The release of “The Moments I’m Missing” in 2017 boldly re-introduced Nina Nesbitt as an artist who’s unafraid to combine her poignant, expressive lyricism with a fresh new sound. Although sonically dissimilar to both her earlier EP’s and debut album Peroxide, the track’s rich, emotional storytelling made the track feel comfortingly similar to the tracks that first garnered her a devote following.
Such a remarkable reinvention was hardly surprising given the release of an array of grippingly inventive tracks in 2016 such as “Chewing Gum” and “Ontario”. Nina’s follow up to “The Moments I’m Missing” came in the form of “The Best You Had”, which initially enthrals with a meditative piano melody before exploding with powerful, pulsating beats which serve to craft a vibrant pop soundscape. The break-up anthem’s chorus is instantly and addictively captivating, but the verses manage to paint a depiction of the bewildering, ever-changing emotional turmoil that a breakup thrusts you into.
This juxtaposition of infectiously catchy choruses and reflectively poignant verses defines much of the first half of Nina’s sophomore effort. The album’s fifth track “Loyal to Me” channels R’n’B influences to craft a spirited sing-along anthem that feels extraordinarily original while still, sonically and lyrically, complementing the rest of the tracks on the album.
The preceding track “Colder” provides a realistic reflection on the earth-shattering emotional torment that results from having your heart broken for the first time. The track explores the resultant heartache in a way that feels unhurriedly mellow yet almost overwhelmingly powerful emotion. Colder’s lyrical sentiment is more than matched by both Nina’s stunning vocal delivery and the track’s effortlessly slick production.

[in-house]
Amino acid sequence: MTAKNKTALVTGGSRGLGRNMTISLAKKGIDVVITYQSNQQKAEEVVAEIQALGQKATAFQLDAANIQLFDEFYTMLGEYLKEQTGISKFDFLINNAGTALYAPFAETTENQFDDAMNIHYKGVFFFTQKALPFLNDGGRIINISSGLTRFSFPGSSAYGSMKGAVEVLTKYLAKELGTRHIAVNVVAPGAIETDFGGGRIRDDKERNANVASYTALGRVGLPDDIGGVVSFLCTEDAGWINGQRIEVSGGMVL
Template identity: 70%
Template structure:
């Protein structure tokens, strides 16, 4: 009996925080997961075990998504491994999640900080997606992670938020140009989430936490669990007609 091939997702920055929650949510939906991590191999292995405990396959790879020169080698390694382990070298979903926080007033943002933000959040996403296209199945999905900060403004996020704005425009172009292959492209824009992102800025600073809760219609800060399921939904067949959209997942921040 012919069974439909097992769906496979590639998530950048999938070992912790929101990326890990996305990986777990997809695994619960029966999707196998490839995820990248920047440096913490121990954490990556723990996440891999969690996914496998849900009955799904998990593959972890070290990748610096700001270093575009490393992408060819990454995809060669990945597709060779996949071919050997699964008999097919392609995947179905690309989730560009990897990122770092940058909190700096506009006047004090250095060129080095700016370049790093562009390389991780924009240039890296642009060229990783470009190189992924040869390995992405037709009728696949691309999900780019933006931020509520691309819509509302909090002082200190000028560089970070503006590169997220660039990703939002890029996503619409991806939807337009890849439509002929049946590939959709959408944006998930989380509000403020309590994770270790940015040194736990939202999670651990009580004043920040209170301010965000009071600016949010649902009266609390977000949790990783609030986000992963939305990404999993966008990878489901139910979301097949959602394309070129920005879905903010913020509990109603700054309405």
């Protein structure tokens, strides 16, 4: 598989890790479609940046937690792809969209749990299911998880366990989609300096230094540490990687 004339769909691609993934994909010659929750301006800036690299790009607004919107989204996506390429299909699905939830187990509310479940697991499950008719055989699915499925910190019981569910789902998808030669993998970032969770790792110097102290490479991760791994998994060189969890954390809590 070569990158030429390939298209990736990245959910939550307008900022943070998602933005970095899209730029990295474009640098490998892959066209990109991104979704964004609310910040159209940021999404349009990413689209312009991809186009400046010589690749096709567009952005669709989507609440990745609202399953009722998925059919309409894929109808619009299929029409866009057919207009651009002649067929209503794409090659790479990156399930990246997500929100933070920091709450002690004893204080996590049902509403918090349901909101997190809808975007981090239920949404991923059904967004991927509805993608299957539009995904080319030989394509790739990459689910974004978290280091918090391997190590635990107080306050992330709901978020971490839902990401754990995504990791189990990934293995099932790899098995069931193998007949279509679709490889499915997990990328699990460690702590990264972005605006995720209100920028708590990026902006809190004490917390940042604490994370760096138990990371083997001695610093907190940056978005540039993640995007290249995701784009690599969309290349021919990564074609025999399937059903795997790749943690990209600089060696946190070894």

The album’s seventh track “Is It Really Me You’re Missing?” marks a distinct shift in the album’s tone, with the previous track “Somebody Special” providing a perfectly gentle transition by combining elements of both Nina’s unashamedly upbeat tracks and her more reflective lyrically focused tracks. “Is It Really Me You’re Missing?” is the sort of poignant song that manages to enrapture your headspace, forcing meaningful memories of past relationships to flood your mind.
The track represents how your all-consuming infatuation with someone can mask the fact that your undying adoration is actually unrequited. As the track progresses, you can sense the anguish and frustration in her impressive vocal build to a climactic breaking point. The emotion embodied throughout this awe-inspiring track is engrossingly palpable, making it an indisputable highlight of the album.
With the exception of the brilliantly animated track “Love Letter”, the album’s following tracks lyrically-driven tracks feel reassuringly reminiscent of her earlier tracks such as “The Hardest Part” and “Hold You”. On these tracks, as with the rest of the album, Nina Nesbitt isn’t afraid to expose her intimate vulnerabilities through music that feels intensely personal but still easily accessible and, in some cases, painfully relatable.
Although Nina Nesbitt’s new music has already electrified streaming services, “The Sun Will Come Up, The Seasons Will Change” shows that she’s an artist that thoroughly recognises the importance of crafting an album with tracks that feel purpose-made to complement each other, not random tracks on an algorithmic playlist. The album feels like a bold breakthrough moment for Nina and is sure to rightfully earn her an influx of new impassioned fans, who will fall in love with Nina’s bewitchingly beautiful and refreshingly distinct work.